I highly recommend MANLY to collectors and other lovers of the genre.
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on January 16, 2009
Gay comic books and/or "really graphic" graphic novels tend to be either pinup collections or orgy filled romps with impossibly proportioned men.
"Manly" creator Dale Lazarov prefers to keep his men grounded in reality. Amy Colburn's pencils dance on the page but keep things more in line with the average Joes one might find cruising Wal-Mart or Target than the biker bars and jails of Tom of Finland.
What's so "Manly" anyway? Love and lust in three tales juxtaposing younger and older, hairy and smooth, and blue and white collars. A beat cop receives help apprehending an escaped bandit and gets his heart captured by the good Samaritan. A champion prizefighter meets his biggest fan at the gym, but the ring that's missing in this flirtatious fight club is a condom. And a shy guy runs into the hot leather bear he's been lusting after (from afar at the bar) in the last place he expects ... manning the information desk at the public library.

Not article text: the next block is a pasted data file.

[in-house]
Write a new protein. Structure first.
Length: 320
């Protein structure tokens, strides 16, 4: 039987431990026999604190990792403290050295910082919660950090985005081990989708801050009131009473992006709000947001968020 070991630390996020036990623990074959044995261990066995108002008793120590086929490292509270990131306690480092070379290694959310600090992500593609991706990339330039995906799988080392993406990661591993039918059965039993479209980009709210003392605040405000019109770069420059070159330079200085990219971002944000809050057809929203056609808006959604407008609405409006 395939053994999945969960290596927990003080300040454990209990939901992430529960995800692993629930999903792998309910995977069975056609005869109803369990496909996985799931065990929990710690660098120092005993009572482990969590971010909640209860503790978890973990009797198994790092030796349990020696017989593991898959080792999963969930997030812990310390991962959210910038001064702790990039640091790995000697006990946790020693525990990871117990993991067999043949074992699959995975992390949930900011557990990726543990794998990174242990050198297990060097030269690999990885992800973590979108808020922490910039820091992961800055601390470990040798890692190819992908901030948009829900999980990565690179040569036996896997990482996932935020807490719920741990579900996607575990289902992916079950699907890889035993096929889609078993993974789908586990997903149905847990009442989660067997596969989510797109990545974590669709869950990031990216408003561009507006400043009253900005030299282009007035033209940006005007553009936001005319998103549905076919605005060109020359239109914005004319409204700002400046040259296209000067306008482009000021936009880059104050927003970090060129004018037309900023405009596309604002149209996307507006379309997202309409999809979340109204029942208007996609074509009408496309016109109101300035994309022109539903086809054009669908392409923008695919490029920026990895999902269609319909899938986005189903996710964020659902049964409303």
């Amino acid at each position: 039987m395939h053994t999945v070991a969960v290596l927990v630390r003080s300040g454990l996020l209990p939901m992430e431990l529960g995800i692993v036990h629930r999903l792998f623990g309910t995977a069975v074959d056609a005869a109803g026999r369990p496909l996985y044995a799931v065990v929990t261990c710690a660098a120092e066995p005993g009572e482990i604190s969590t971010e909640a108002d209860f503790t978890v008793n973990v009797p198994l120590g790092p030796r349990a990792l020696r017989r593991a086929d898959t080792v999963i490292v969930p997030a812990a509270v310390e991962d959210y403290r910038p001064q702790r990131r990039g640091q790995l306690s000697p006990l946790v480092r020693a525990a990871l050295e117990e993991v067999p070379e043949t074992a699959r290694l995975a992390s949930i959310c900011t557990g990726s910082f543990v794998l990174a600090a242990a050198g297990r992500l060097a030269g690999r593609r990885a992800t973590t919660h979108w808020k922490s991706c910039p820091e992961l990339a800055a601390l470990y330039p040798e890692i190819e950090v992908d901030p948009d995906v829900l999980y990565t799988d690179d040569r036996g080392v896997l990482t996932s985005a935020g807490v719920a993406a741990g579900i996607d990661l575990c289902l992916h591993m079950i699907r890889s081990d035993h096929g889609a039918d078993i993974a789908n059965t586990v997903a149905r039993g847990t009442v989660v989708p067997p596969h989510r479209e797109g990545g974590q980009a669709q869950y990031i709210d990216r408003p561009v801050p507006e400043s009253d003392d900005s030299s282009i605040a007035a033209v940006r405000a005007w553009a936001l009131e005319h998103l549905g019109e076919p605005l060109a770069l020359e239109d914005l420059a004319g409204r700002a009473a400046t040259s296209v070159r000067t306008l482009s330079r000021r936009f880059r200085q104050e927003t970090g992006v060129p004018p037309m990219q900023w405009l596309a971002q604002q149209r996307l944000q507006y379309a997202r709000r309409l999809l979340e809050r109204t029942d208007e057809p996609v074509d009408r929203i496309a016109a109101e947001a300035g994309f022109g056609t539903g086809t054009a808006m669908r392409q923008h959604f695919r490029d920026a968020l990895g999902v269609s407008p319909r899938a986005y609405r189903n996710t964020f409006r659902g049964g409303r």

As with "Sticky," Lazarov's prior collaboration with Steve McIsaac, the stories play out in complete silence. The reader-as-voyeur is an unzipped fly on the wall as these disparate pairs ignite in steamy, sweaty, sizzling lovemaking.
Lazarov is unparalleled as not just a smut writer, but director and choreographer; and Colburn's artwork makes this team a force to be reckoned with.